Tuesday, September 25, 2012


Being Cluefull About Being Cluefull, Being Cluefull About Being Clueless...and Knowing What to Do in Either Case!
The purpose of metacognitive strategy instruction is to increase students’ awareness of themselves as learners and place students in control of their own learning activity (Palinscar & Ransom, 1988).
Metacognition refers to knowledge of the factors that affect learning activity, including reading, as well as control of these factors (Baker and Brown, 1984). Three sets of factors that act and interact in reading are knowledge of oneself as a reader, the demands of reading tasks, and the strategies one can employ in reading activity (Garner, 1987).

“STop Signing to support students’ Metacognition © Laura Benson
Stop sign reading reflects a reader’s habit and dispositions to create understanding before, during, and after reading with self-talk.  As proficient readers, listeners, and thinkers, you and I are in the habit of taking in a bit of information and then stopping - if even for the briefest of moments or as quick as the speed of light - and talking to ourselves to understand what we just read, saw, heard, etc.  Monitoring one’s understanding, a reader’s self-awareness of his knowledge and understanding – or lack of understanding – is voiced with self-talk such as “I’m thinking…”  or “I know that I know” or “I know that I need to know” as well as “I bet…” and “I wonder…” and “I learned…” to name just a few here.

As profiled in earlier posts, a key way of becoming more aware of your own "stop sign reading" or metacognition is to pay attention and listen to how you talk to yourself as you work to understand the texts you read.  By drawing from your literacy wells, you will hear and harvest vivid words in describing the how's of your thinking to and with your students.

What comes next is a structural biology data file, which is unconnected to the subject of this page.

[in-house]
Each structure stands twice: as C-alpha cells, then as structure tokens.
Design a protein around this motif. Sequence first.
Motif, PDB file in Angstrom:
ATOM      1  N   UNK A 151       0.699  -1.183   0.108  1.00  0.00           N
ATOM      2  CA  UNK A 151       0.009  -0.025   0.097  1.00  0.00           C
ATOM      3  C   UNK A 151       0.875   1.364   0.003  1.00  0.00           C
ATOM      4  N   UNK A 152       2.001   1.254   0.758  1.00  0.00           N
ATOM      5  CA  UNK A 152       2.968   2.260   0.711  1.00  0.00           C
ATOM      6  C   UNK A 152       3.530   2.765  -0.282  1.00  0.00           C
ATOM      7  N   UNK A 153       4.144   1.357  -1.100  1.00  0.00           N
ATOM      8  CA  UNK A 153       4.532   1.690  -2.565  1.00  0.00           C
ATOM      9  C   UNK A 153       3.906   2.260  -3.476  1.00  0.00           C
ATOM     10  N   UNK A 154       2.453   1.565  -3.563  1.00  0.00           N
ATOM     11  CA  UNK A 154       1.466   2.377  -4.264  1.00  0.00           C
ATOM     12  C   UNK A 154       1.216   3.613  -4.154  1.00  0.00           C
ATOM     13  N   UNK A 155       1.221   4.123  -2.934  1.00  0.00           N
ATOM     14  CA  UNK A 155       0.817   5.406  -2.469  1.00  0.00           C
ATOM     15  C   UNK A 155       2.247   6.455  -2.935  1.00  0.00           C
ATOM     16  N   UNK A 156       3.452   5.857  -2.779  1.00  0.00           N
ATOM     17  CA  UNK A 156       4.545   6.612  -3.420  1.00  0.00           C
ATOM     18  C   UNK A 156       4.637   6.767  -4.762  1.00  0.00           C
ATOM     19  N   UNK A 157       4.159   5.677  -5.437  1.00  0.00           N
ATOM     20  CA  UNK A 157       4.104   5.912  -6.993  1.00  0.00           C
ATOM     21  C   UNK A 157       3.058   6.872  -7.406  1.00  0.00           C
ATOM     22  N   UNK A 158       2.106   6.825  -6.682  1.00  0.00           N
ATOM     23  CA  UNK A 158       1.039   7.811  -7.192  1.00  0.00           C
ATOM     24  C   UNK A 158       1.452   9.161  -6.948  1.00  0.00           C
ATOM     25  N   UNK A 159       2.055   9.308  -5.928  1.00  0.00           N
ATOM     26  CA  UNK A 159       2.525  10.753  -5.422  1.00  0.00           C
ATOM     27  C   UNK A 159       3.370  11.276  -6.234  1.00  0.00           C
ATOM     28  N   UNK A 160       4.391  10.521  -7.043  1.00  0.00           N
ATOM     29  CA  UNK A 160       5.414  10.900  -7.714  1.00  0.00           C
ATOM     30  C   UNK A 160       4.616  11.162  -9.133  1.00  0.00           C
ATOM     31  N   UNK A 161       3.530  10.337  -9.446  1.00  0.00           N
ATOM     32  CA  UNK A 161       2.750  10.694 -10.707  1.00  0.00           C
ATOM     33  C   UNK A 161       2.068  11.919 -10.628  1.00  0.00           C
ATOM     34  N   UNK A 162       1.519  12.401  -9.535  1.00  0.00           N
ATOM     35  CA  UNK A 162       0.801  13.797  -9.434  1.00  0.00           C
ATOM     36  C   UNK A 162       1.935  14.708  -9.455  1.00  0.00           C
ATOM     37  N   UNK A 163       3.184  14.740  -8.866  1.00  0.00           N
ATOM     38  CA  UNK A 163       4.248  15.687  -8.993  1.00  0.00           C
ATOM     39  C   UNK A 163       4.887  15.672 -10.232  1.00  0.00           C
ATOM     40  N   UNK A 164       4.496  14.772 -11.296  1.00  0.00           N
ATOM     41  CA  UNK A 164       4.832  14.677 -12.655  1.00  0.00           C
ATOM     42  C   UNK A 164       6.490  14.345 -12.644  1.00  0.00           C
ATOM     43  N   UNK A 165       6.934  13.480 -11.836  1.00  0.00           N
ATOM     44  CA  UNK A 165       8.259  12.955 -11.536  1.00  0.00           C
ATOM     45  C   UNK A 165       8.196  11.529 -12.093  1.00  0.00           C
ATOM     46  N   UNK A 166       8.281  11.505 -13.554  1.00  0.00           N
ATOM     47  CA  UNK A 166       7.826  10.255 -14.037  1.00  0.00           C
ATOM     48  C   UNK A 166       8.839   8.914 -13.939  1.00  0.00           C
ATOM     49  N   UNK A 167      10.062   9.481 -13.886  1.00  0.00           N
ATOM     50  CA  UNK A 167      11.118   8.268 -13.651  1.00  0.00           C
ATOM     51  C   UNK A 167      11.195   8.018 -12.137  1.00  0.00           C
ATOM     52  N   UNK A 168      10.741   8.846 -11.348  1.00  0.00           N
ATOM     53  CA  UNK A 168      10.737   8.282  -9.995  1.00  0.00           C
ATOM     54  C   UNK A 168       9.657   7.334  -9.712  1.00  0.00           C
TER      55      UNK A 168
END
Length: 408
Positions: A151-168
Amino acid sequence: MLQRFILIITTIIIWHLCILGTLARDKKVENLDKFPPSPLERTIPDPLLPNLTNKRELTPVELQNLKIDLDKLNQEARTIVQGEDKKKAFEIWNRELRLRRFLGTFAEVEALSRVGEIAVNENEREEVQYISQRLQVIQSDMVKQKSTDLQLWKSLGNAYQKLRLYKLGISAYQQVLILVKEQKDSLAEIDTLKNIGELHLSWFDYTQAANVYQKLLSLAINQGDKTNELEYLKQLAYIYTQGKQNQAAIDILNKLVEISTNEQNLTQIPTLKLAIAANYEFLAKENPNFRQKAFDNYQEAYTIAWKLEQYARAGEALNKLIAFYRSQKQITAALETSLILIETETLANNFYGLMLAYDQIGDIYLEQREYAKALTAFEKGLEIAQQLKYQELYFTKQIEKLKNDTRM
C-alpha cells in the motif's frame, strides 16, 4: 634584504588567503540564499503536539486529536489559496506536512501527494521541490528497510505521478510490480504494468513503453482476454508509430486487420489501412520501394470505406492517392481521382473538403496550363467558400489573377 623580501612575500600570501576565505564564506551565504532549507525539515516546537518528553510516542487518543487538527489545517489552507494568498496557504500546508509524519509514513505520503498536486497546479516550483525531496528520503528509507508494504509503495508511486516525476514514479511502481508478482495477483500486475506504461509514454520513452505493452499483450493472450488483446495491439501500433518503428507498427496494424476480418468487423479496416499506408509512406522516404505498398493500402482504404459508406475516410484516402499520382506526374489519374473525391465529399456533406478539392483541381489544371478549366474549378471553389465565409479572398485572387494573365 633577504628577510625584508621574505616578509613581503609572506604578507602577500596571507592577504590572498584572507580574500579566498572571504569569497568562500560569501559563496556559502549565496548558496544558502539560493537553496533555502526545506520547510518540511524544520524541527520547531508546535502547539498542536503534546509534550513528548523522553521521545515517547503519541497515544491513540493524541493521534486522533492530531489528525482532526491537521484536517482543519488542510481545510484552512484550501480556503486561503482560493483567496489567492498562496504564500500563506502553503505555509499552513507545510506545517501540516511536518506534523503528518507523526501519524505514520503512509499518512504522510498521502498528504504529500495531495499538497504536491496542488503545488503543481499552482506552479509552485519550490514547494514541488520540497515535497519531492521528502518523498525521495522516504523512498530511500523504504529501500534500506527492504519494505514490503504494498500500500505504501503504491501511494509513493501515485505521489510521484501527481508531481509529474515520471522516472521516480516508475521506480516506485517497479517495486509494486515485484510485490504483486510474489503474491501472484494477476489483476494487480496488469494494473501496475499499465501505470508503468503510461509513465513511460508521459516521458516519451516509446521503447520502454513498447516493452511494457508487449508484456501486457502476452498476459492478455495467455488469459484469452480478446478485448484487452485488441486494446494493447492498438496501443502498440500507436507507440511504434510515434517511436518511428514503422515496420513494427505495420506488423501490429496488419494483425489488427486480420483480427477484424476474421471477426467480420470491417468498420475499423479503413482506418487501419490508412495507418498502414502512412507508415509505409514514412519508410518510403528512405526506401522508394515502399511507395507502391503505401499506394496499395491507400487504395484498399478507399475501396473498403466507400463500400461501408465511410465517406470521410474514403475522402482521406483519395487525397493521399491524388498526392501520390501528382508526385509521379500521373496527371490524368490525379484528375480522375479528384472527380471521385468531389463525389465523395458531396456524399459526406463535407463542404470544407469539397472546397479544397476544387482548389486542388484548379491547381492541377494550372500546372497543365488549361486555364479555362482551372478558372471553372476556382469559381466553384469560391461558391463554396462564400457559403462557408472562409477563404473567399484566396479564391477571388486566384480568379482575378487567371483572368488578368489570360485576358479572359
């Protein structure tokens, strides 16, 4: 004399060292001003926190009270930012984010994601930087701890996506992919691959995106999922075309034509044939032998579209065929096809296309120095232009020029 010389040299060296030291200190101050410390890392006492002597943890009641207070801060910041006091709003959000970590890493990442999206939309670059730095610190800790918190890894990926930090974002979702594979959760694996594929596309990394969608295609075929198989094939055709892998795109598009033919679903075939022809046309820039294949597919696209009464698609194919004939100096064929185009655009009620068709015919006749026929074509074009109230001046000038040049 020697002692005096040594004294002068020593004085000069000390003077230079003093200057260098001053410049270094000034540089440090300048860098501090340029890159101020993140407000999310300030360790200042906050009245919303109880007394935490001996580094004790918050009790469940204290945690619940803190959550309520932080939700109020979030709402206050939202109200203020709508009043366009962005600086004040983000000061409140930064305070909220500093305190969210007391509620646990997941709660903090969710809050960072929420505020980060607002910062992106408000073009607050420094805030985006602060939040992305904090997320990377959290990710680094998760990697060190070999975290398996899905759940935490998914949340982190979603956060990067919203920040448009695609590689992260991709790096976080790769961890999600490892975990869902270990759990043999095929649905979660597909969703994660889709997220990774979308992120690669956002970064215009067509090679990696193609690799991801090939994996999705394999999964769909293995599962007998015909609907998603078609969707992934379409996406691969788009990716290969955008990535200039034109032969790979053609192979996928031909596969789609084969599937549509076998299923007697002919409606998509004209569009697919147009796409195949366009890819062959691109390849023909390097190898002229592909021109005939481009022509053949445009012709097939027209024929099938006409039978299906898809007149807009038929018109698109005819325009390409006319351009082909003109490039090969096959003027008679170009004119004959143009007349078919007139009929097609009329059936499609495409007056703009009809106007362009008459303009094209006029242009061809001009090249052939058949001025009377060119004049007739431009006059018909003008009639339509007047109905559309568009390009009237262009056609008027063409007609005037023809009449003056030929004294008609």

For example, reading in bed at night when I am way too tired to read, I often find myself needing to reread a part.  Becoming aware of when and how I reread, I heard myself reread just a bit of information - kind of like rewinding a movie when I miss a key line.  So, now I bring in the remote control from our television during my focus lessons to talk to students about when, why, and how I work to understand by rewinding my reading.  I share my own self-talk and metacognitive maneuvers with students by saying "Last night I was watching a really great Swedish mystery movie.  I was so excited because the detective was about to solve the crime...Well, wouldn't you know it but at the exact time the detective was revealing the criminal, my dog Buddy and cat Scout ran into the room chasing each over and, in their chase-race, they bumped our dining room table which was filled with books and boxes.  Boom! Bang!  Crash! All the books dropped to the floor and all the boxes skidded across the top of the table, too.  Not hearing the "who-did-it" line of the movie, what do you think I did?"  Of course, the kids know exactly what I did and shout out "You pressed the rewind button, Mrs. B!" (sometime with a kind of "Well, duh!" expression which I just love).  Moving my metaphor further, I say, 'That's right!  I said to myself, "What did he say?  Who did it?  Ut, oh, I don't get that part.  I better rewind that part of the movie - I just have to know who did it!  When I don't understand what I read, it's a lot like watching that movie last night - I just press the rewind button in my brain and reread a sentence or maybe even a paragraph to get myself back on track of what the text is saying...How about trying metacogntion and rewinding with me as we read this poem together?'